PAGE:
data—plural, but may be used with singular verb. (American Heritage, Third Edition)
database (American Heritage Dictionary, Third Edition)
dates—In news releases and Staff Notes, use the standard American system for dates: month-day-year. Example: January 30, 2004. Note the comma. In the Quarterly, use the international system: day-month-year. Example: 30 January 2004. No comma. For PSAs, write as the announcer will speak it: January 30th, 2004. See also "years."
DC—direct current; always abbreviated
decision maker, decision making—noun; Wallace was always involved in decision making. Hyphenate as preceding adjective: decision-making activities. Now also consistent with "policy maker." [12/01]
decimals—Use 0 before the point, except in statistical correlations (and even there if it would look peculiar, e.g., use -0.45, not -.45).
degrees—use the degree symbol closed up: 30°N (in nontechnical writing, 30° north), 30°C. Do not use degree symbol for Kelvin scale: 280 K. See also "Kelvin scale." Always spell out first use in news releases: minus 40 degrees Fahrenheit.[updated 12/01]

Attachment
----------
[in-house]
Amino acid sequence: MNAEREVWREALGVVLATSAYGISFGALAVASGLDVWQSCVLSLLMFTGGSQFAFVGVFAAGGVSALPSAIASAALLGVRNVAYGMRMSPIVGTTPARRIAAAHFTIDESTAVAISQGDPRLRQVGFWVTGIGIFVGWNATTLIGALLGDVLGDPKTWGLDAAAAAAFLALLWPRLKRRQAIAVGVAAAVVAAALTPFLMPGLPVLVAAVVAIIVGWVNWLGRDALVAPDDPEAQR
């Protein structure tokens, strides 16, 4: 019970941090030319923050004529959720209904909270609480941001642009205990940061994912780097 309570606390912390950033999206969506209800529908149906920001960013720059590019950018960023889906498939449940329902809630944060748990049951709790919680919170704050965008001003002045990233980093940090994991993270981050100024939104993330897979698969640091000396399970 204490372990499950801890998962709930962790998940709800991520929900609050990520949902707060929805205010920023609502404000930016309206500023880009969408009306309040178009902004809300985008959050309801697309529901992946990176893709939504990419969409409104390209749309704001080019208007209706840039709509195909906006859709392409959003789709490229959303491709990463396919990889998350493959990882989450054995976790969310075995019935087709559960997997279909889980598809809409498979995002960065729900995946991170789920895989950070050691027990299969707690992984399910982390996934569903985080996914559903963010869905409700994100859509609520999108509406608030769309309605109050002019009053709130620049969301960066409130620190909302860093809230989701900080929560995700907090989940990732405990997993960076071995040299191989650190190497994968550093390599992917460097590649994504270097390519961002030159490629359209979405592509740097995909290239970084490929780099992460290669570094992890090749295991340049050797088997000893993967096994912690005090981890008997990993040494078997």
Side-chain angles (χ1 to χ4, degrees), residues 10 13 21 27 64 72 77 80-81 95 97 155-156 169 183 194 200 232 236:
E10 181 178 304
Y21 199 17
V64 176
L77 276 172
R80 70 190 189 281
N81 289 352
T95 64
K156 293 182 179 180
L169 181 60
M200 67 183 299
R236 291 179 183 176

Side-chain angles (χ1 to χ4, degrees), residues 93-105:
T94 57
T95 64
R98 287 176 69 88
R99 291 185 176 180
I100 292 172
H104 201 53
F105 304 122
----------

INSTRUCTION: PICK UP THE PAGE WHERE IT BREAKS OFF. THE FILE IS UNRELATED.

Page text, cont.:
degrees, academic—Bachelor of Arts degree, but bachelor's or master's degree or doctorate (lower case); B.A. or M.A. or Ph.D. in music history. Either initials or spellouts are fine on first use.
deice—no hyphen. [12/01]
design, logo—see "logos."
Dicomed—the manufacturer; initial cap only
dictionary—Currently, we follow (in this order) The American Heritage Dictionary, Third Edition. As supplements, use Webster's Third New International Dictionary and McGraw-Hill Dictionary of Scientific and Technical Terms. We use Webster's Instant Word Guide for syllabification.
direct current—DC (always abbreviate)
directors (laboratory vs. NCAR associate)—see "Associate directors, NCAR."
disclaimer—See "sponsorship statement."
disk—not disc, except for compact disc (which is an industry-wide spelling)
distributed-memory shared-multiprocessor architecture. Hyphenate this way. [09/00]
division—when writing out MMM and CGD, capitalize the "d" in divison even though that word is not in fact part of the acronym. Example: "The Mesoscale and Microscale Meteorology Division has just hired three new employees."
domain name system—not capitalized
Doppler—always has an initial cap.
downwind—takes "from," not "of"
D-region, D1-region, D2-region (also E- and F-regions and layers)—all hyphenated
dry line (noun); dry-line (adj.) [08/01]